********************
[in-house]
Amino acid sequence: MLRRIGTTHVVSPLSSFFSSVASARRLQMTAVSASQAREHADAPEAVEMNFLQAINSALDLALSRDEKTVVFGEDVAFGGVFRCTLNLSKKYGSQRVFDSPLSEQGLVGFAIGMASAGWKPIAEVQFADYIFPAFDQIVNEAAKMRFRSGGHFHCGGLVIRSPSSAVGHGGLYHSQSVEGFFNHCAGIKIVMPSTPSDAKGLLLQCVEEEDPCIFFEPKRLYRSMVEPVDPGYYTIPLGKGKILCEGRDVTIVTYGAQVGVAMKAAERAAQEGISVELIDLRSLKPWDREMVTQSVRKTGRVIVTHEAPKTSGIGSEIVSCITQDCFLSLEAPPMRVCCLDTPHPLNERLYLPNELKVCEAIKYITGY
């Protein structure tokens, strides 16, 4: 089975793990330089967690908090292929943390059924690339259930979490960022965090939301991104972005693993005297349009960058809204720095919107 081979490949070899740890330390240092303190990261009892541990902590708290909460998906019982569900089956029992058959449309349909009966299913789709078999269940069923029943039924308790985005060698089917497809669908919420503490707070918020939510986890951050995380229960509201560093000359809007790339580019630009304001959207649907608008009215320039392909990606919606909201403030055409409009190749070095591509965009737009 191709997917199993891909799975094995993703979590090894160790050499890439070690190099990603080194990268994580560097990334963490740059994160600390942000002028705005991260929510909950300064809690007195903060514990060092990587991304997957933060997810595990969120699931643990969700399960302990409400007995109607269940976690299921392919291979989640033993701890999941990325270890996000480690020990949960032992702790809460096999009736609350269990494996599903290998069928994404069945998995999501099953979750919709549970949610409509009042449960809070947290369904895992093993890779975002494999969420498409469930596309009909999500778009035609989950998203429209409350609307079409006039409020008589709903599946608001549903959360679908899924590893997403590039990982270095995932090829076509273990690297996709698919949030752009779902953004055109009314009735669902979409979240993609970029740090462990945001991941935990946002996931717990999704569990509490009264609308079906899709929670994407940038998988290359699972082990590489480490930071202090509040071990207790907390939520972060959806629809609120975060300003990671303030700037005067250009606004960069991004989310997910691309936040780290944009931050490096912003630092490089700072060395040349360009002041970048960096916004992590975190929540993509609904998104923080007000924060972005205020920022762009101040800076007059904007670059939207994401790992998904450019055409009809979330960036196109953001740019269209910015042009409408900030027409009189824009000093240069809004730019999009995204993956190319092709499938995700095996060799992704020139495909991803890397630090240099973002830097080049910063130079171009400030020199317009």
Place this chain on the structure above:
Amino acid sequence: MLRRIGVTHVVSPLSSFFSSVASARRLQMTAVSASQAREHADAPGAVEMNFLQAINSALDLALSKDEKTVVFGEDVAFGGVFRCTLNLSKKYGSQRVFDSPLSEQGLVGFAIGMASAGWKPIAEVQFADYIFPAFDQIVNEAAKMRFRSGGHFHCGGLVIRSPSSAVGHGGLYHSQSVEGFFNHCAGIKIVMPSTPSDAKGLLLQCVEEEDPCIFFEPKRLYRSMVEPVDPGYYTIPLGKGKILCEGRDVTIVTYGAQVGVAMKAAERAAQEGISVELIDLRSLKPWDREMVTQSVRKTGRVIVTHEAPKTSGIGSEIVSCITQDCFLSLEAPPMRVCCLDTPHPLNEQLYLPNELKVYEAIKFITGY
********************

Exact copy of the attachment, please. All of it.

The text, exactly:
[in-house]
Amino acid sequence: MLRRIGTTHVVSPLSSFFSSVASARRLQMTAVSASQAREHADAPEAVEMNFLQAINSALDLALSRDEKTVVFGEDVAFGGVFRCTLNLSKKYGSQRVFDSPLSEQGLVGFAIGMASAGWKPIAEVQFADYIFPAFDQIVNEAAKMRFRSGGHFHCGGLVIRSPSSAVGHGGLYHSQSVEGFFNHCAGIKIVMPSTPSDAKGLLLQCVEEEDPCIFFEPKRLYRSMVEPVDPGYYTIPLGKGKILCEGRDVTIVTYGAQVGVAMKAAERAAQEGISVELIDLRSLKPWDREMVTQSVRKTGRVIVTHEAPKTSGIGSEIVSCITQDCFLSLEAPPMRVCCLDTPHPLNERLYLPNELKVCEAIKYITGY
């Protein structure tokens, strides 16, 4: 089975793990330089967690908090292929943390059924690339259930979490960022965090939301991104972005693993005297349009960058809204720095919107 081979490949070899740890330390240092303190990261009892541990902590708290909460998906019982569900089956029992058959449309349909009966299913789709078999269940069923029943039924308790985005060698089917497809669908919420503490707070918020939510986890951050995380229960509201560093000359809007790339580019630009304001959207649907608008009215320039392909990606919606909201403030055409409009190749070095591509965009737009 191709997917199993891909799975094995993703979590090894160790050499890439070690190099990603080194990268994580560097990334963490740059994160600390942000002028705005991260929510909950300064809690007195903060514990060092990587991304997957933060997810595990969120699931643990969700399960302990409400007995109607269940976690299921392919291979989640033993701890999941990325270890996000480690020990949960032992702790809460096999009736609350269990494996599903290998069928994404069945998995999501099953979750919709549970949610409509009042449960809070947290369904895992093993890779975002494999969420498409469930596309009909999500778009035609989950998203429209409350609307079409006039409020008589709903599946608001549903959360679908899924590893997403590039990982270095995932090829076509273990690297996709698919949030752009779902953004055109009314009735669902979409979240993609970029740090462990945001991941935990946002996931717990999704569990509490009264609308079906899709929670994407940038998988290359699972082990590489480490930071202090509040071990207790907390939520972060959806629809609120975060300003990671303030700037005067250009606004960069991004989310997910691309936040780290944009931050490096912003630092490089700072060395040349360009002041970048960096916004992590975190929540993509609904998104923080007000924060972005205020920022762009101040800076007059904007670059939207994401790992998904450019055409009809979330960036196109953001740019269209910015042009409408900030027409009189824009000093240069809004730019999009995204993956190319092709499938995700095996060799992704020139495909991803890397630090240099973002830097080049910063130079171009400030020199317009």
Place this chain on the structure above:
Amino acid sequence: MLRRIGVTHVVSPLSSFFSSVASARRLQMTAVSASQAREHADAPGAVEMNFLQAINSALDLALSKDEKTVVFGEDVAFGGVFRCTLNLSKKYGSQRVFDSPLSEQGLVGFAIGMASAGWKPIAEVQFADYIFPAFDQIVNEAAKMRFRSGGHFHCGGLVIRSPSSAVGHGGLYHSQSVEGFFNHCAGIKIVMPSTPSDAKGLLLQCVEEEDPCIFFEPKRLYRSMVEPVDPGYYTIPLGKGKILCEGRDVTIVTYGAQVGVAMKAAERAAQEGISVELIDLRSLKPWDREMVTQSVRKTGRVIVTHEAPKTSGIGSEIVSCITQDCFLSLEAPPMRVCCLDTPHPLNEQLYLPNELKVYEAIKFITGY